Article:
Friends and family are remembering Jack Mathis as someone who has played an integral part in shaping central Douglas County.
Mathis died Jan. 16, at the age of 90. Longtime friends say his legacy will live on throughout the community.
Mathis was among those who helped rebuild downtown Roseburg after the 1959 “Roseburg Blast.” His company, Jack Mathis Construction LLC, helped build schools, hospitals, banks and churches. He was responsible for the construction of the Umpqua Valley Indoor Tennis Center as well as Douglas Hall at the Douglas County Fairgrounds.
But those who knew him said Mathis is best known for building relationships.
“He was one of those kind of guys who was willing to step out and give,” said longtime friend Patricia Buono. “He supported so many causes. He was very well-known in the community for his contributions.”
“He was a prince of a gentleman,” added Allyn Ford, who considered Mathis a friend for 50 years. “Just a very stable individual. Friendships meant a lot to him.”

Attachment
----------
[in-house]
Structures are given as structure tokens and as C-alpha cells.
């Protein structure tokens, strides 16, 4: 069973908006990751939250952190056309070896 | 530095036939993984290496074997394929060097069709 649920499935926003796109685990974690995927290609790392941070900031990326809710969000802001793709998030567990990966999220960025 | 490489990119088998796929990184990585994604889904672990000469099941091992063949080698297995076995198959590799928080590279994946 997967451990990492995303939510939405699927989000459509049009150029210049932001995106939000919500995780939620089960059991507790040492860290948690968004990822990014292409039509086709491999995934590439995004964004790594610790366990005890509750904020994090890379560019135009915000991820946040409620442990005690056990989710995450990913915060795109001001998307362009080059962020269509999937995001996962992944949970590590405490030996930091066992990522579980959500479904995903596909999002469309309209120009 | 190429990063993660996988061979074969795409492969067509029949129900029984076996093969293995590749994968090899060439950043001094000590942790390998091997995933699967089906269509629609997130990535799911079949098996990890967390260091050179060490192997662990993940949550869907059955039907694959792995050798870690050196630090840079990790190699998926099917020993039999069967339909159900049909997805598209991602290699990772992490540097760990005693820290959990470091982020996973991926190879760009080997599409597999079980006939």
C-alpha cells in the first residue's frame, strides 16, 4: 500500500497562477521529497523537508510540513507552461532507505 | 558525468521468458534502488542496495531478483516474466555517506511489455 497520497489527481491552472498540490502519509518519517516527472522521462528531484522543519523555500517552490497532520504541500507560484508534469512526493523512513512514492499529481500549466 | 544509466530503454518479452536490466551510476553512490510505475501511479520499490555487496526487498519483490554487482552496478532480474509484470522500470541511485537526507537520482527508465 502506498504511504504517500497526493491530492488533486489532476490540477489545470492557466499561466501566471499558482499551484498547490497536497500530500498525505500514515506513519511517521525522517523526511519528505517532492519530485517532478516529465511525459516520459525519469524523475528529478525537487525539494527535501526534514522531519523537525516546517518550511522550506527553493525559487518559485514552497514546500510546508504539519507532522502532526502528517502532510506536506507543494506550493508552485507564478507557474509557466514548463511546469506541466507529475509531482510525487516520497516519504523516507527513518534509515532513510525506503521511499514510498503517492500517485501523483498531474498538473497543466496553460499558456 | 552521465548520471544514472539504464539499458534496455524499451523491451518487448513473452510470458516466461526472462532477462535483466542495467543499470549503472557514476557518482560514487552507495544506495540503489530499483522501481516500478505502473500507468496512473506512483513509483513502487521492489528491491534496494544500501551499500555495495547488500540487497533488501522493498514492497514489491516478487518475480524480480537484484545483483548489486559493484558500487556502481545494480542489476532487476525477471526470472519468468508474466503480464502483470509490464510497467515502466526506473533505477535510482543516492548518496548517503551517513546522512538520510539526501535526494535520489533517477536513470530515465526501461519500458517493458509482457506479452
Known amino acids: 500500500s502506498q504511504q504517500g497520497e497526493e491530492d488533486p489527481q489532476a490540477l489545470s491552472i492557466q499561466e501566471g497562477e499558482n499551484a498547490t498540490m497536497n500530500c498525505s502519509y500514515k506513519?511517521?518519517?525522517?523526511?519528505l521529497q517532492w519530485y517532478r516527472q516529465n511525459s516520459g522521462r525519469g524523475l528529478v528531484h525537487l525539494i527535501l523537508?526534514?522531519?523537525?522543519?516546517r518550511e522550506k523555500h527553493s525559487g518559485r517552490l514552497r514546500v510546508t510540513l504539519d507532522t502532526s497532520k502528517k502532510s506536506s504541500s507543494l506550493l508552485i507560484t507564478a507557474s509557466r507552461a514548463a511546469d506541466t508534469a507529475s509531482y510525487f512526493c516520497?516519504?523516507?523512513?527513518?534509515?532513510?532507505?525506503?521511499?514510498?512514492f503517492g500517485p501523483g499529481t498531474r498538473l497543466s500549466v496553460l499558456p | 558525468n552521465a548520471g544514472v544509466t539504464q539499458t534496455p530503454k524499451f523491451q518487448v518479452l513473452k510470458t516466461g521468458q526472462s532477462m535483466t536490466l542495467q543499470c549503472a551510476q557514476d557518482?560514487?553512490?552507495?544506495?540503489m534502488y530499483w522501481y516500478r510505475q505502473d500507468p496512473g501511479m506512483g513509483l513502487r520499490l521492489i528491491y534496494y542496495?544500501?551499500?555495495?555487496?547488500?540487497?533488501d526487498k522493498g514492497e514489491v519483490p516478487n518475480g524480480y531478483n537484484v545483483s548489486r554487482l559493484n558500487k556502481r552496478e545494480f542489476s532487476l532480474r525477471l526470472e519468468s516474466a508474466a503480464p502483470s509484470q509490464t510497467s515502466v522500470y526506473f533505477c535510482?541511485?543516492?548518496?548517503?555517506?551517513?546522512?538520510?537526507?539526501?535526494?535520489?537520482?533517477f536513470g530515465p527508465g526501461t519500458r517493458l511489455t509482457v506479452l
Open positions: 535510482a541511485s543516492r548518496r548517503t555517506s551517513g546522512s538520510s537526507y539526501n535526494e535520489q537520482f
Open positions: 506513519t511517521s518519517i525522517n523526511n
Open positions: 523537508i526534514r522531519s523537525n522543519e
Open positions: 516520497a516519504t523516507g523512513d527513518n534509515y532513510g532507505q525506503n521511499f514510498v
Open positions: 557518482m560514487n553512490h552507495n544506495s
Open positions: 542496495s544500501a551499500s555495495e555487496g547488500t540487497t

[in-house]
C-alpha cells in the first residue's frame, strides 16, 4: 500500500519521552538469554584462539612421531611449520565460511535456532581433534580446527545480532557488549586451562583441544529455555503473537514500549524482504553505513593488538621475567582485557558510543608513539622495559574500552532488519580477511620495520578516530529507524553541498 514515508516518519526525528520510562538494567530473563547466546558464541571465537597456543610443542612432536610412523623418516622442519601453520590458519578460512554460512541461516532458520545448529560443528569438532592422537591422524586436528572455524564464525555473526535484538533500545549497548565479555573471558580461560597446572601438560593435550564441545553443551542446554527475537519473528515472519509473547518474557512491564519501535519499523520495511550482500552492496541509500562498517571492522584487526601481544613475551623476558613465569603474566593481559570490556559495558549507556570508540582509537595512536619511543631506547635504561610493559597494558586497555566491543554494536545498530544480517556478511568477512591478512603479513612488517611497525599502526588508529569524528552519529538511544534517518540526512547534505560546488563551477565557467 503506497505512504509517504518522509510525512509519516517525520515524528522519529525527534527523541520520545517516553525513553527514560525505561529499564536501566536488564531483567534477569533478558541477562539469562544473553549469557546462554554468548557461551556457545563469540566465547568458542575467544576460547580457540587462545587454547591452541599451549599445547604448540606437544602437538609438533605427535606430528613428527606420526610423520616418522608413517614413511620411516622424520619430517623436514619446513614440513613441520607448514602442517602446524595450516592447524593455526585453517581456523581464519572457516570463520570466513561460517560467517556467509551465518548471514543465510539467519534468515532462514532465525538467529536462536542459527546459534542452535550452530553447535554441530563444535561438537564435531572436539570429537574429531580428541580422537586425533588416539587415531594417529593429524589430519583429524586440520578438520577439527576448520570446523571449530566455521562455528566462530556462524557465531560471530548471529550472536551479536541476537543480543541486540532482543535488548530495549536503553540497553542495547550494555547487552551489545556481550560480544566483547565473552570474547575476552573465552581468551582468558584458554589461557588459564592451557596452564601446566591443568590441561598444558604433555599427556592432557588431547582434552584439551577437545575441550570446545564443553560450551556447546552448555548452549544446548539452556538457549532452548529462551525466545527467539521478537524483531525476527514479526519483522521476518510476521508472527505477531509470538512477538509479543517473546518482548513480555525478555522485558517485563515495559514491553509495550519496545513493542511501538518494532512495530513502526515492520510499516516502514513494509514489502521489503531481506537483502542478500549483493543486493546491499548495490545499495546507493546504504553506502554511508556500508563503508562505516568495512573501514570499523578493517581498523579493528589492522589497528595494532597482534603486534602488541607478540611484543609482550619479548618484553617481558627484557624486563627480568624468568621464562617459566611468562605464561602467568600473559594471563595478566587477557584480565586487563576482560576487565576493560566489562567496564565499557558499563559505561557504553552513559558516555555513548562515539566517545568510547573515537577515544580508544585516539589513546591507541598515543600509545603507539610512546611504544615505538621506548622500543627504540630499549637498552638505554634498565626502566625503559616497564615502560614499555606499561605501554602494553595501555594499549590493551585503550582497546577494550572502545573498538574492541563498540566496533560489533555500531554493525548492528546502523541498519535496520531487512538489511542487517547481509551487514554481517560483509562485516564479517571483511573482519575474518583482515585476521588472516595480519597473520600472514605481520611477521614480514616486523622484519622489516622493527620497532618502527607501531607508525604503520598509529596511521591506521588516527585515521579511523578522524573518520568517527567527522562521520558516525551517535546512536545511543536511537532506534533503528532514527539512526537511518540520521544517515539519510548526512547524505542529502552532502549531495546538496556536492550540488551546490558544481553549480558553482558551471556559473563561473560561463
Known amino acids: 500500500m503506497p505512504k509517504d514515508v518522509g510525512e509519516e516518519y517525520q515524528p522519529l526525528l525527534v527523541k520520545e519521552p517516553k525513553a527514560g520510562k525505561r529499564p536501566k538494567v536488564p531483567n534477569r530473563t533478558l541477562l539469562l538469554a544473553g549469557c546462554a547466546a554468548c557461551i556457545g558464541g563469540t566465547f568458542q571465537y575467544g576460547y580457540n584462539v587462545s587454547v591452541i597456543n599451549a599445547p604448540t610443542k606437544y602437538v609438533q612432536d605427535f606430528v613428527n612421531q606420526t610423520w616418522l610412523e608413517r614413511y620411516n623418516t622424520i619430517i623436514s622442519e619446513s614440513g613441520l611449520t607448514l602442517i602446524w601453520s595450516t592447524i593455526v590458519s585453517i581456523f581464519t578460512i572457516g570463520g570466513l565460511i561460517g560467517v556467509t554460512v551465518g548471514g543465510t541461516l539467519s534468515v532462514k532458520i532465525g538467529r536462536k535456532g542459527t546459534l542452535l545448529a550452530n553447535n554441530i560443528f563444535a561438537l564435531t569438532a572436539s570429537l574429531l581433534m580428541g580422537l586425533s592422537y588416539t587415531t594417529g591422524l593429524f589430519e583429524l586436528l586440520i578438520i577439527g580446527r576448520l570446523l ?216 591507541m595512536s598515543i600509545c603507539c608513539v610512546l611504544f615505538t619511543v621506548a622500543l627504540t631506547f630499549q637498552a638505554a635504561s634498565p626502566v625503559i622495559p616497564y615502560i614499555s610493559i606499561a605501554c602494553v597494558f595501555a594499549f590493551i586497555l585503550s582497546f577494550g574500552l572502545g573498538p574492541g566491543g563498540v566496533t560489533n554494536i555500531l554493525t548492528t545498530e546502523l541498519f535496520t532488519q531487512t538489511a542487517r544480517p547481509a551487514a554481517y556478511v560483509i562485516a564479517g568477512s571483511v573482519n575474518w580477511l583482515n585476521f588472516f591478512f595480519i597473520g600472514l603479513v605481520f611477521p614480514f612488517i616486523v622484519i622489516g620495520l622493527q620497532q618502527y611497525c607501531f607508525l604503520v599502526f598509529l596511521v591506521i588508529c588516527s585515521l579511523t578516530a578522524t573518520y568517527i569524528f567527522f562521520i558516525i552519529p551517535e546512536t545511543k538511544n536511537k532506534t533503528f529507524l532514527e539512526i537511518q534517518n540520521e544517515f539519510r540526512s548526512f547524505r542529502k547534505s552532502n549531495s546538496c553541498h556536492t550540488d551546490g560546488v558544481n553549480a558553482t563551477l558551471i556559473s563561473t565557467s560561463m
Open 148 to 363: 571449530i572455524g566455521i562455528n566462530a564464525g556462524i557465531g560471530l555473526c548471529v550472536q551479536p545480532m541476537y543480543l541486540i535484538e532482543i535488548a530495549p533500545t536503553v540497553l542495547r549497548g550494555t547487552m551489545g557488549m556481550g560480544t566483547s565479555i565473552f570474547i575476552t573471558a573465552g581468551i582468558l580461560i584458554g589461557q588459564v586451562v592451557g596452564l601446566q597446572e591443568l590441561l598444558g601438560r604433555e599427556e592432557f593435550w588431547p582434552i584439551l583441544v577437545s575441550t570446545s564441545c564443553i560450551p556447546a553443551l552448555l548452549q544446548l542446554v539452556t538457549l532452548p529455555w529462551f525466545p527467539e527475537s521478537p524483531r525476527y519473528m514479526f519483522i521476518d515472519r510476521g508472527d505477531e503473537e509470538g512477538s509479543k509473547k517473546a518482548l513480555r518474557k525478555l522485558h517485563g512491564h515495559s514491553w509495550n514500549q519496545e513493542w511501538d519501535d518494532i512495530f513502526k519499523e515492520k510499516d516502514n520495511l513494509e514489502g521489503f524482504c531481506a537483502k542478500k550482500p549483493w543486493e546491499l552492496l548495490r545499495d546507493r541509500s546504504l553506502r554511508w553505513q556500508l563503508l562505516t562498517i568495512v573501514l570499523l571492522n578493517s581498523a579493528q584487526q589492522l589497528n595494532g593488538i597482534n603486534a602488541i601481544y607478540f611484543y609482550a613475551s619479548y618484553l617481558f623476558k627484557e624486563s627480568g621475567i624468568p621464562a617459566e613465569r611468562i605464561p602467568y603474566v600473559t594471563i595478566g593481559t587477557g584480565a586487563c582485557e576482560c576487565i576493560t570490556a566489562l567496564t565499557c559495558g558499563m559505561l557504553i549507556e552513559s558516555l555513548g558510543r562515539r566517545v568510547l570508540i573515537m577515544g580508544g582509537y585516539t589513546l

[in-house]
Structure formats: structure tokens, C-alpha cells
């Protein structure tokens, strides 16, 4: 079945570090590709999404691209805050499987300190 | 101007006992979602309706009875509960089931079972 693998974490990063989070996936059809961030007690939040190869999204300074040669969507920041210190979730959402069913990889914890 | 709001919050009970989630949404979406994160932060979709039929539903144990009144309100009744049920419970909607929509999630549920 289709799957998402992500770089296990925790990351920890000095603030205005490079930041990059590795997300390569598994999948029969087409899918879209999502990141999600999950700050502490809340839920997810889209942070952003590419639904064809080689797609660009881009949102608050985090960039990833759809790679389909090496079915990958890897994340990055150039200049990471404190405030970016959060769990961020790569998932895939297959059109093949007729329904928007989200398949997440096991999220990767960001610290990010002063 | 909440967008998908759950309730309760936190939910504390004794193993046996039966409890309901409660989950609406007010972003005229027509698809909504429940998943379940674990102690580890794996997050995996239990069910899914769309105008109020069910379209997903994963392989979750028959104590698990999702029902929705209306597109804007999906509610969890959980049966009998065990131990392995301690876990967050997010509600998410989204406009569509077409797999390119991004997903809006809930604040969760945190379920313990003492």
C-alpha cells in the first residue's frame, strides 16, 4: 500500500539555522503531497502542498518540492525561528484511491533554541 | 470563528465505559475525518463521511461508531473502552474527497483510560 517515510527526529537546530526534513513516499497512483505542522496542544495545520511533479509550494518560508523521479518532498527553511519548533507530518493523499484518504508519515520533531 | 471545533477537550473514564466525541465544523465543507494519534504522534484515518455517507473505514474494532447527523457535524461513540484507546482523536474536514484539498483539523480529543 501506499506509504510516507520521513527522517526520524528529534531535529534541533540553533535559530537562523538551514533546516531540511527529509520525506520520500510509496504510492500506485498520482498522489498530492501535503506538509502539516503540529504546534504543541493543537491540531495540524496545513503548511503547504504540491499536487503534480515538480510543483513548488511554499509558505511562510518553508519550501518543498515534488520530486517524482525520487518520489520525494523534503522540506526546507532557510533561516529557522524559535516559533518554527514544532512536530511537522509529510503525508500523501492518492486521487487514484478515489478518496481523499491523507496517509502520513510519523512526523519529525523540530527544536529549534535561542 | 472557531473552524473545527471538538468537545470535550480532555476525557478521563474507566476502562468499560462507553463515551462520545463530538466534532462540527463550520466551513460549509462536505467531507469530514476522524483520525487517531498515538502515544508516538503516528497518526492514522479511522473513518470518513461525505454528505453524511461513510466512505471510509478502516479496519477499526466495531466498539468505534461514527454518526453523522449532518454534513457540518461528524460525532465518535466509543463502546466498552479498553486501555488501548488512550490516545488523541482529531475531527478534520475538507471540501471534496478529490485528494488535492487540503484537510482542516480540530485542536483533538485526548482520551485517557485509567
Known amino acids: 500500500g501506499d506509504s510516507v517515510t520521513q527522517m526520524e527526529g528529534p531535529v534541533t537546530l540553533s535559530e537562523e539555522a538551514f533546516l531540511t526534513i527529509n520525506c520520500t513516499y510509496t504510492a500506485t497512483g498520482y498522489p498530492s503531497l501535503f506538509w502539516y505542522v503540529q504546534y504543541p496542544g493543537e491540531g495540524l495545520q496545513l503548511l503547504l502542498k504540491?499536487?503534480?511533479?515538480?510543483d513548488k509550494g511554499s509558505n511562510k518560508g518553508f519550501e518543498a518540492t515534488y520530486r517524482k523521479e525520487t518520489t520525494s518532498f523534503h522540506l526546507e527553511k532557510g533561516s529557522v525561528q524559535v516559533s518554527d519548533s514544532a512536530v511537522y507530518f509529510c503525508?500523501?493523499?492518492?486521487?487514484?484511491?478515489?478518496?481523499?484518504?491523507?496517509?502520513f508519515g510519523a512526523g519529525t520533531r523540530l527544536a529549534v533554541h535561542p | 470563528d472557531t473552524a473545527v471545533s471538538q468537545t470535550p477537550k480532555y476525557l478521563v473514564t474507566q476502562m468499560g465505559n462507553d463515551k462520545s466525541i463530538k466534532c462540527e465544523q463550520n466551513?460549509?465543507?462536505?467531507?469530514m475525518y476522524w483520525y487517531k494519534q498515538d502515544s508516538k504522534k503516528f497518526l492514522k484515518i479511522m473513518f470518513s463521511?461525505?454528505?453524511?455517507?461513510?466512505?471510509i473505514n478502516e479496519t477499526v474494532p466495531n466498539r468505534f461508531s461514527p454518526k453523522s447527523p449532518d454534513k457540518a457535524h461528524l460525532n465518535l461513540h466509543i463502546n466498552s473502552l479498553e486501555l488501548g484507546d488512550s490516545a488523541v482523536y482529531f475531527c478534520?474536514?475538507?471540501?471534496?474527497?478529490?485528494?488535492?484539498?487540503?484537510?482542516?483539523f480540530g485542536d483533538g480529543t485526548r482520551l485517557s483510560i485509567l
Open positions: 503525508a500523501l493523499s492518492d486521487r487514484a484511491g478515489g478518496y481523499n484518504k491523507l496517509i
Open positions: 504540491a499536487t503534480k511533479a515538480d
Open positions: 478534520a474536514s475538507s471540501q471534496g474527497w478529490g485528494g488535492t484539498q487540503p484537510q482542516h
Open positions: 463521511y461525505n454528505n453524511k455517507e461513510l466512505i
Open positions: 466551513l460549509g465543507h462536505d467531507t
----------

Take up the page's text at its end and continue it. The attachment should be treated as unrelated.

Mathis was born and raised in Idaho, first in the tiny mountain community of Council and later in Emmett, approximately 20 miles west of Boise. His family relocated to Roseburg in 1946, where he attended Roseburg High School and was a member of the football team up until his graduation in 1949.
He and his wife Doris were married in 1950, a union that lasted 70 years. They had two children: Jack Rodney Mathis, who resides in Roseburg, and Sherry Graves, who lives near Tacoma, Washington.
Graves, 68, who has been staying in Roseburg to help care for her parents, said her father was a tireless worker, even after suffering a heart attack in August 2020.
“He was still going to work three days a week up until a few weeks before he passed,” Graves said. “He had a very strong work ethic. He always wanted to do the right thing. That was very important to him.”
Fellow business owner and tennis partner Lauren Young remembered Mathis as being sociable, yet quiet.
“He was not a boastful person,” said Young, who founded Lauren Young Tire Centers in Roseburg in 1970. “But he did a hell of a lot of things.
“He just did his work and went on about it. He did so damn much, but he was just quiet about what he did.”
Young and Mathis played tennis together for roughly 40 years, which led to Mathis’ inspiration to build an indoor tennis center at Stewart Park.
Mathis lived his life with a strong belief in relationships. Whether someone knew him for decades or was meeting him for the first time, his intent was to honor that relationship, be it in business or leisure.
“”He was a gentleman in every sense of the word,” Ford said. “His handshake and his word were his honor.”